About five months ago we learned that my job was going to be made part-time. At that point I was the main "bread-winner" while Tim was in school and working a couple of shifts as a server to supplement our income. My job also provided insurance benefits which were essential since I was pregnant, but going part time meant I'd lose those. When we heard the news, it wasn't totally unwelcome as I'd been toying with the idea of being a stay at home mom ever since I'd found out about baby #2. I have until the end of the year to finish up my role which seemed liked ample time for Tim to find a full time job. Little did we know just how hard it would be to get offered a salaried position with benefits in a job market that was failing everyone, including college graduates and highly skilled workers (which Tim is not). At some point in the job search my dad came along side Tim and encouraged him to not sell himself short - to focus on applying for higher paying, managerial jobs in a broader category of industries instead of limiting himself to the food industry or to offers that tend to pigeon hole you into one area of expertise. He even sat down and completely revised his resume with him, polishing and refining it to really make Tim's qualifications shine. My dad is a successful businessman who's held high-level executive roles at two large, international companies; he's also looked at hundreds upon hundreds of resumes and hired many people over the course of his career. Now I know Tim is a smart, hard-working, capable employee but when someone like my dad starts placing a lot of confidence in his skills and his potential to really "move up" in the world, it's hard to not be certain that a great job offer is only an interview or two away. Something with good pay, great benefits and most importantly, a career Tim could see himself growing and advancing in.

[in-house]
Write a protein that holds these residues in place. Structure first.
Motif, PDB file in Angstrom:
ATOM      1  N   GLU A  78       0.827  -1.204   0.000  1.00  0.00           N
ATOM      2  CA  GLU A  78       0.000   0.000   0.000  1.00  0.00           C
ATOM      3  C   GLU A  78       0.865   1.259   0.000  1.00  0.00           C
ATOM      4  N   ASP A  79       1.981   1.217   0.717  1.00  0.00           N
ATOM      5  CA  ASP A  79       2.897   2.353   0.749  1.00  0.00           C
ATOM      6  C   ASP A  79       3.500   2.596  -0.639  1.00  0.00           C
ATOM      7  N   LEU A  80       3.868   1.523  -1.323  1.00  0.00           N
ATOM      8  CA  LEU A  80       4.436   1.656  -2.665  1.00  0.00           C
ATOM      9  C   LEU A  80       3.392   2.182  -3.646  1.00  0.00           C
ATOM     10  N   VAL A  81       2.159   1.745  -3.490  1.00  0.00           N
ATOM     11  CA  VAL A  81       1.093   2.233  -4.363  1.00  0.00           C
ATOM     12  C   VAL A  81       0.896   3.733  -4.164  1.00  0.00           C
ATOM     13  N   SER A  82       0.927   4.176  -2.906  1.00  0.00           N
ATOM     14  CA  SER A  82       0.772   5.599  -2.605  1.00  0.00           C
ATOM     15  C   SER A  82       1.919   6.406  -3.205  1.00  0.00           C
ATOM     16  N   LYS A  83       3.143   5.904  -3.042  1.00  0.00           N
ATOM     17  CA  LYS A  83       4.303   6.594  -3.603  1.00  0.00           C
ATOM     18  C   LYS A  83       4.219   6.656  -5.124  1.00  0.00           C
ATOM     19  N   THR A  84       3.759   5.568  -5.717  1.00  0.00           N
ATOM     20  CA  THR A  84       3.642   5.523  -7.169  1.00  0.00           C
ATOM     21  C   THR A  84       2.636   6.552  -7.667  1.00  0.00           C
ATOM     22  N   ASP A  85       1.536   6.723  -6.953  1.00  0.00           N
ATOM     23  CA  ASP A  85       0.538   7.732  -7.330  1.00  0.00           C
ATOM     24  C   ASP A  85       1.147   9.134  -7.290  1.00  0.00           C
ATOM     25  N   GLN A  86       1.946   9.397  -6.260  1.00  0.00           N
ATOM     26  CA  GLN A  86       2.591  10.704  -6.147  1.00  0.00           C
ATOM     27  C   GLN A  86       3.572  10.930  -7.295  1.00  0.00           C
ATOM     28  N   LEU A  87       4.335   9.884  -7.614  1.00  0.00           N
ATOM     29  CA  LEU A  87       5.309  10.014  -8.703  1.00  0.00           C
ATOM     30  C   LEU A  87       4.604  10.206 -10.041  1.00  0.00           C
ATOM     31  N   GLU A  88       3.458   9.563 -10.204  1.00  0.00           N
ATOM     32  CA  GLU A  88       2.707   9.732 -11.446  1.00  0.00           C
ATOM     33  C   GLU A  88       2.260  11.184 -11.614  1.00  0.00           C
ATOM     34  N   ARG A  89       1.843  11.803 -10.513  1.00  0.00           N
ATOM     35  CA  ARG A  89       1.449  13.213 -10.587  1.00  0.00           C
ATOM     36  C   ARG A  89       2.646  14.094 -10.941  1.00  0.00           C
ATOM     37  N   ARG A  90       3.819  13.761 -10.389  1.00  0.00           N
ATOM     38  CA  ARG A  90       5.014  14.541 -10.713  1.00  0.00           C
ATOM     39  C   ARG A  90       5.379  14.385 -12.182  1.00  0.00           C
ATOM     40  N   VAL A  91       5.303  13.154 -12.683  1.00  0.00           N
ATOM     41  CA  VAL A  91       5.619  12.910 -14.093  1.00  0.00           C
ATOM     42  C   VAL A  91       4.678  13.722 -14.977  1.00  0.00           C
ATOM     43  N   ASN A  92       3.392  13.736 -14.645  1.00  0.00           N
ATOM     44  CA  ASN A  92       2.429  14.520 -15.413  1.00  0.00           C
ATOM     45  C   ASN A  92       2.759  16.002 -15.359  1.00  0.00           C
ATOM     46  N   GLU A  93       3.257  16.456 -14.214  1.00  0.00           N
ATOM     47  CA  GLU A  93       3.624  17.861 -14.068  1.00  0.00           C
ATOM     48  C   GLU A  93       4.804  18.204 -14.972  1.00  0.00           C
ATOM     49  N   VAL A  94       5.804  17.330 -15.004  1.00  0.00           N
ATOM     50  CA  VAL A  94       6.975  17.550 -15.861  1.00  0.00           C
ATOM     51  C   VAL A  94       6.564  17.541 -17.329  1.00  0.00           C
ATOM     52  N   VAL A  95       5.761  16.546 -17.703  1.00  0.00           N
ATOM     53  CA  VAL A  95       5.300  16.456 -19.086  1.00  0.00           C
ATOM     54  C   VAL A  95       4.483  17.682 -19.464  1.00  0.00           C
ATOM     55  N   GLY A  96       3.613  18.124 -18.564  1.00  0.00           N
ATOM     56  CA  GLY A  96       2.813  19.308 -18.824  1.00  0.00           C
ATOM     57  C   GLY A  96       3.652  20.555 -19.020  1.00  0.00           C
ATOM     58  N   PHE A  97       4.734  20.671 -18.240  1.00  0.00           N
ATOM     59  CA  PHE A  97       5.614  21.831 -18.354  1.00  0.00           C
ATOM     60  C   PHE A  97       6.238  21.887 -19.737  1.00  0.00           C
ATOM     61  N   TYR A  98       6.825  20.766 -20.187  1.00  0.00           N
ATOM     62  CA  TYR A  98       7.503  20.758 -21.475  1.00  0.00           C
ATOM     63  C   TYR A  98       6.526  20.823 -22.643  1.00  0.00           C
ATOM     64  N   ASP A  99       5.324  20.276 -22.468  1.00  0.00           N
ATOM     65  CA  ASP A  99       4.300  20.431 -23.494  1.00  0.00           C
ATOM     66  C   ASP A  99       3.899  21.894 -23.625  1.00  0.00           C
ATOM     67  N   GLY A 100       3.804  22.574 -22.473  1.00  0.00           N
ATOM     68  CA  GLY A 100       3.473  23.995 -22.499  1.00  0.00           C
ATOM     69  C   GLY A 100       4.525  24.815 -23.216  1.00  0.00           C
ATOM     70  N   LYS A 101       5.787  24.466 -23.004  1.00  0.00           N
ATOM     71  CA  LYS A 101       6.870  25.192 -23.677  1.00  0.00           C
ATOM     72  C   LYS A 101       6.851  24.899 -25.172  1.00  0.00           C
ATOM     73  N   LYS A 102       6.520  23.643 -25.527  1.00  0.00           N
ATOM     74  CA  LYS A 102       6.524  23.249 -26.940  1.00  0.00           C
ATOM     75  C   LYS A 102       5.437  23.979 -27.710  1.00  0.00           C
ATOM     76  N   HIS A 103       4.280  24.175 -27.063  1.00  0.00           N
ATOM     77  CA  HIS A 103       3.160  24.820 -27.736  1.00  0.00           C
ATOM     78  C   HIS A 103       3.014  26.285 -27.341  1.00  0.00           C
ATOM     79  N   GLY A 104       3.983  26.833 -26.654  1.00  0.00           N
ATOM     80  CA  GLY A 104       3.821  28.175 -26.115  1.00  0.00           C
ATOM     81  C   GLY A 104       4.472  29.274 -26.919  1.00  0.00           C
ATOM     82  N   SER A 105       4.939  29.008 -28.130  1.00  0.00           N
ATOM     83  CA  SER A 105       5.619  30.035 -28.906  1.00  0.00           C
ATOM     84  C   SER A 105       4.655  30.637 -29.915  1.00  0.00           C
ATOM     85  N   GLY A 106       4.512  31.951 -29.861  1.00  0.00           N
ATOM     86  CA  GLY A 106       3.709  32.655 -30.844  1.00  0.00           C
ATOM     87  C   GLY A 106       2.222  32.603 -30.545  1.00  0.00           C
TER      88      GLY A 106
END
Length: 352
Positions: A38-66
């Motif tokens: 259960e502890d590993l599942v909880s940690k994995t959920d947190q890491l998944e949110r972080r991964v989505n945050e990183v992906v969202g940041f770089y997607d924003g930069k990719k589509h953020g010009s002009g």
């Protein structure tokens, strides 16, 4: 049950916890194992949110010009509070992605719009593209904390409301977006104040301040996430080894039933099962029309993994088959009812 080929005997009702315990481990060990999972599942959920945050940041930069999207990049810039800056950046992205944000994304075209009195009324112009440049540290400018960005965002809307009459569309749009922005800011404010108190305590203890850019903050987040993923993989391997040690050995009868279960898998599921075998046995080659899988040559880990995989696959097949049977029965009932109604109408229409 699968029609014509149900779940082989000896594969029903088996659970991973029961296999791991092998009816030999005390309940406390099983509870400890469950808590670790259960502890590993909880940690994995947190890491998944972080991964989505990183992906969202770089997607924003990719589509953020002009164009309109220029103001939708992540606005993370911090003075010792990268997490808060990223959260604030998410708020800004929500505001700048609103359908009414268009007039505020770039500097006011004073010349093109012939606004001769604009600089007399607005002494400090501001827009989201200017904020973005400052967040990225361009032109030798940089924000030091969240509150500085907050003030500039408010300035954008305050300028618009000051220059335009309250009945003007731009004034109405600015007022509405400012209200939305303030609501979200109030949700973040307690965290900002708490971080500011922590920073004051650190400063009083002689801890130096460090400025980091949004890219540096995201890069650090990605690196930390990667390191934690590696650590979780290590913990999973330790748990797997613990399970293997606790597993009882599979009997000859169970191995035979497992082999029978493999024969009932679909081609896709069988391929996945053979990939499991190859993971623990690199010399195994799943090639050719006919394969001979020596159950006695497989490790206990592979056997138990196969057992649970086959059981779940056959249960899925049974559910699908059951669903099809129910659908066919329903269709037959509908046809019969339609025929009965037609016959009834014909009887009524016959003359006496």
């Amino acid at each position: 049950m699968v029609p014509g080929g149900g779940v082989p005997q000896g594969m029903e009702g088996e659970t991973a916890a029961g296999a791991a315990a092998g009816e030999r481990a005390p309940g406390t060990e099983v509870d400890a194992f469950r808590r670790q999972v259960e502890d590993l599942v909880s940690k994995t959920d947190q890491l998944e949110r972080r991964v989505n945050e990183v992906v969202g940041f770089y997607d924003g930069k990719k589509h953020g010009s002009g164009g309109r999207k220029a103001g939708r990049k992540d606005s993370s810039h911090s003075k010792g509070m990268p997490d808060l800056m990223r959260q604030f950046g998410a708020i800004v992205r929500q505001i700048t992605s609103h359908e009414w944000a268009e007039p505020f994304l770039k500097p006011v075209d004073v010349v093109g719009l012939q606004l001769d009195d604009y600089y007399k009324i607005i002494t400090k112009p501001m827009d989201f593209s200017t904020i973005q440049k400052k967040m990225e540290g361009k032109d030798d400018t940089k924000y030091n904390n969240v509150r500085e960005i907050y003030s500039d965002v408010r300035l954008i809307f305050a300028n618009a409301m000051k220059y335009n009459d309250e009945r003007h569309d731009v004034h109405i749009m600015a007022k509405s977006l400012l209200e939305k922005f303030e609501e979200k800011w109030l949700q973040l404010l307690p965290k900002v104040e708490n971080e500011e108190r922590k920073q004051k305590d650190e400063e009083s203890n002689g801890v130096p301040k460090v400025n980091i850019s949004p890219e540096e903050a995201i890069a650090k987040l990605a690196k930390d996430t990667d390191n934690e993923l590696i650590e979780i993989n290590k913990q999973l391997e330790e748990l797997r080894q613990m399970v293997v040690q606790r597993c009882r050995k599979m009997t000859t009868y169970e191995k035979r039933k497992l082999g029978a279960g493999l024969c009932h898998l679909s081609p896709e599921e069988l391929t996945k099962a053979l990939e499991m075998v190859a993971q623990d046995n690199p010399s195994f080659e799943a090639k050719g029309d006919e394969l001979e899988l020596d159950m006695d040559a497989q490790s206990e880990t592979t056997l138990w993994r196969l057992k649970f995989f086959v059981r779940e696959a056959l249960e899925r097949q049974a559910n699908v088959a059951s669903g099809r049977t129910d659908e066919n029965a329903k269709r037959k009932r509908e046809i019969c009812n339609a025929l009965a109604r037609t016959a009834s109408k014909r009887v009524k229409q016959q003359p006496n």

Fast forward four months. Four months of wondering, waiting, praying, begging and hoping. Hoping, hoping, hoping and believing that my prayers would be met with something really amazing, we just had to be patient. After sending out at least two hundred resumes, there have been three interviews. The first amounted to nothing when the company underwent a hiring restructure. The second was to be a driver for a chauffeur company with crazy hours, no benefits and uncertain income - an offer we couldn't accept. The third was yesterday's and it resulted in an offer. It's a stable job with awesome benefits. An answer to prayer, since one of our biggest fears was having this baby with no insurance and going tens of thousands of dollars into debt. The pay, on the other hand, would put us below the poverty line for a family of four. *Gulp* I wasn't expecting that. I also wasn't expecting the training required that would take Tim away for two weeks next month. Or that it would be a job with little to no room for advancement and minimal pay raise.
This coming Sunday is our Thanksgiving service at church, when people have the opportunity to share with the congregation how God has provided for them this year. Last Sunday I thought, "I'm going to have the faith that I'll be able to stand up at that service and say that God provided Tim the job we've been waiting for." But this job wasn't what I had pictured. I'm ashamed to say that I'm having a hard time responding to God with a "Thank you" and instead want to cry out, "This is it? This is what we've been waiting for?!" I'd set my hopes, or expectations rather, so very high that this came almost as a punch to the gut. Was I really going to have to lower my standard of living to the poverty level? I know, I know.... it's terrible a attitude to have, especially considering the thousands of other families out there who have less... sometimes nothing. Who don't even have the gift of saying they're employed, much less insured.